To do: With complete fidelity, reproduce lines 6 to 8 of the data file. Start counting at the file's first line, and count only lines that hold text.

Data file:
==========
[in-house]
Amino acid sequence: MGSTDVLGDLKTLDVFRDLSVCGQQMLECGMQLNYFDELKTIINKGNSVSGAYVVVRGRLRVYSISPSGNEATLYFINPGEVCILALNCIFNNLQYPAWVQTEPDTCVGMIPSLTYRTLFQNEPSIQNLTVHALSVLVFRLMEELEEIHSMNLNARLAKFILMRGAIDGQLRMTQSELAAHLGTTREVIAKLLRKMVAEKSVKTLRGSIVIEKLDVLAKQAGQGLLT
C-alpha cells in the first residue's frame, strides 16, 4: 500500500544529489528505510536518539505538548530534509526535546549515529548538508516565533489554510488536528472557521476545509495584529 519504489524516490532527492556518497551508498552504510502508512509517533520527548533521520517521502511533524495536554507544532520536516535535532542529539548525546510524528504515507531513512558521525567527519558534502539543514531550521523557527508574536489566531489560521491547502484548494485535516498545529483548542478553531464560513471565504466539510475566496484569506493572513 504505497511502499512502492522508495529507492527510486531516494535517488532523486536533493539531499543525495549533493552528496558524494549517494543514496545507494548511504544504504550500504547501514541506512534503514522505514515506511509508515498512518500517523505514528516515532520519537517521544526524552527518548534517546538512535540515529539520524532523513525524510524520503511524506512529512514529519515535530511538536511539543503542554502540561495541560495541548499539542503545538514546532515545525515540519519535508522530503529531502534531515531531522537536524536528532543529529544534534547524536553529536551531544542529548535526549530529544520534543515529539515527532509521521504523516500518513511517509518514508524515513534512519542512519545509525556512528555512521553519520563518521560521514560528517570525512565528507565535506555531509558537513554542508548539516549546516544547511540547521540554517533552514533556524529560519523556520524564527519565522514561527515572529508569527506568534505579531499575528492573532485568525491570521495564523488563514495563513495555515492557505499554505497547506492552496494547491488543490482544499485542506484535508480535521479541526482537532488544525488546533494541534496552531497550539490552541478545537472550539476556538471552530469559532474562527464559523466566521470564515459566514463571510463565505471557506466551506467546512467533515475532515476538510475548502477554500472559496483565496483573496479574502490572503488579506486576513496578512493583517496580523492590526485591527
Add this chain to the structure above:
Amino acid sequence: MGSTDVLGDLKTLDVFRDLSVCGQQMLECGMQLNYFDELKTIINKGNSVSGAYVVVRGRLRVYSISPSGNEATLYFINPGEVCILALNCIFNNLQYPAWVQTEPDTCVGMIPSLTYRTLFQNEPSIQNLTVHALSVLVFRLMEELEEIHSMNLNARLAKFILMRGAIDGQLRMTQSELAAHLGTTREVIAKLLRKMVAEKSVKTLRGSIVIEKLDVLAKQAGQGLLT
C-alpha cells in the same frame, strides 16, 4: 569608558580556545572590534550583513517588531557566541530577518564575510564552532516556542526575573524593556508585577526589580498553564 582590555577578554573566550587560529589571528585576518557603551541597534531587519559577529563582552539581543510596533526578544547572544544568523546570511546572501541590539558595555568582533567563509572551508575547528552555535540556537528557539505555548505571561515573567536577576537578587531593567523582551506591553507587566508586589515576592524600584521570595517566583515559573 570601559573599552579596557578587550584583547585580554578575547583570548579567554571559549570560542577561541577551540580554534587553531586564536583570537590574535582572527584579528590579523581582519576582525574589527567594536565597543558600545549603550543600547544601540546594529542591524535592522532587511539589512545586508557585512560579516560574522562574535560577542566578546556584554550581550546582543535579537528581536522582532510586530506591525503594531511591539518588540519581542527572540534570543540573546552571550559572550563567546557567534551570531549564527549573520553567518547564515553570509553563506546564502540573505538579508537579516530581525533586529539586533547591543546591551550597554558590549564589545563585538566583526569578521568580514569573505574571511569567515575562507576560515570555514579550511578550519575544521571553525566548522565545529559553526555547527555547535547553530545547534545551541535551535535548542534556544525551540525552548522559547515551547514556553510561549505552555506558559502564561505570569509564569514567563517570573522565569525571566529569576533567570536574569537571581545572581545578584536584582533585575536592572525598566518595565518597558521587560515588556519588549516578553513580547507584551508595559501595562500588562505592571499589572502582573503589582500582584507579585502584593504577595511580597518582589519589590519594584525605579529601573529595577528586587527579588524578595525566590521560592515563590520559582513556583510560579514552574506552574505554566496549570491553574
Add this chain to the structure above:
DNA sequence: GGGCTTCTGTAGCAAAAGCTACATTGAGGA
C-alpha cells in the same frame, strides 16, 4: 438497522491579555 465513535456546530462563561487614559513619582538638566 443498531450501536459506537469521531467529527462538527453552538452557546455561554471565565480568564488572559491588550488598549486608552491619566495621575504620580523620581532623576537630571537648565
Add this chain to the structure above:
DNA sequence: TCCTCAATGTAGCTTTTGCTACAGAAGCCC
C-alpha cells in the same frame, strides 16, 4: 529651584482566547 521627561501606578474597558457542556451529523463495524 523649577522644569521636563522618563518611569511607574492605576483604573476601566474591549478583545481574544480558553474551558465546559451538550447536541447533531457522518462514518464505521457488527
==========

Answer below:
C-alpha cells in the same frame, strides 16, 4: 569608558580556545572590534550583513517588531557566541530577518564575510564552532516556542526575573524593556508585577526589580498553564 582590555577578554573566550587560529589571528585576518557603551541597534531587519559577529563582552539581543510596533526578544547572544544568523546570511546572501541590539558595555568582533567563509572551508575547528552555535540556537528557539505555548505571561515573567536577576537578587531593567523582551506591553507587566508586589515576592524600584521570595517566583515559573 570601559573599552579596557578587550584583547585580554578575547583570548579567554571559549570560542577561541577551540580554534587553531586564536583570537590574535582572527584579528590579523581582519576582525574589527567594536565597543558600545549603550543600547544601540546594529542591524535592522532587511539589512545586508557585512560579516560574522562574535560577542566578546556584554550581550546582543535579537528581536522582532510586530506591525503594531511591539518588540519581542527572540534570543540573546552571550559572550563567546557567534551570531549564527549573520553567518547564515553570509553563506546564502540573505538579508537579516530581525533586529539586533547591543546591551550597554558590549564589545563585538566583526569578521568580514569573505574571511569567515575562507576560515570555514579550511578550519575544521571553525566548522565545529559553526555547527555547535547553530545547534545551541535551535535548542534556544525551540525552548522559547515551547514556553510561549505552555506558559502564561505570569509564569514567563517570573522565569525571566529569576533567570536574569537571581545572581545578584536584582533585575536592572525598566518595565518597558521587560515588556519588549516578553513580547507584551508595559501595562500588562505592571499589572502582573503589582500582584507579585502584593504577595511580597518582589519589590519594584525605579529601573529595577528586587527579588524578595525566590521560592515563590520559582513556583510560579514552574506552574505554566496549570491553574
Add this chain to the structure above:
DNA sequence: GGGCTTCTGTAGCAAAAGCTACATTGAGGA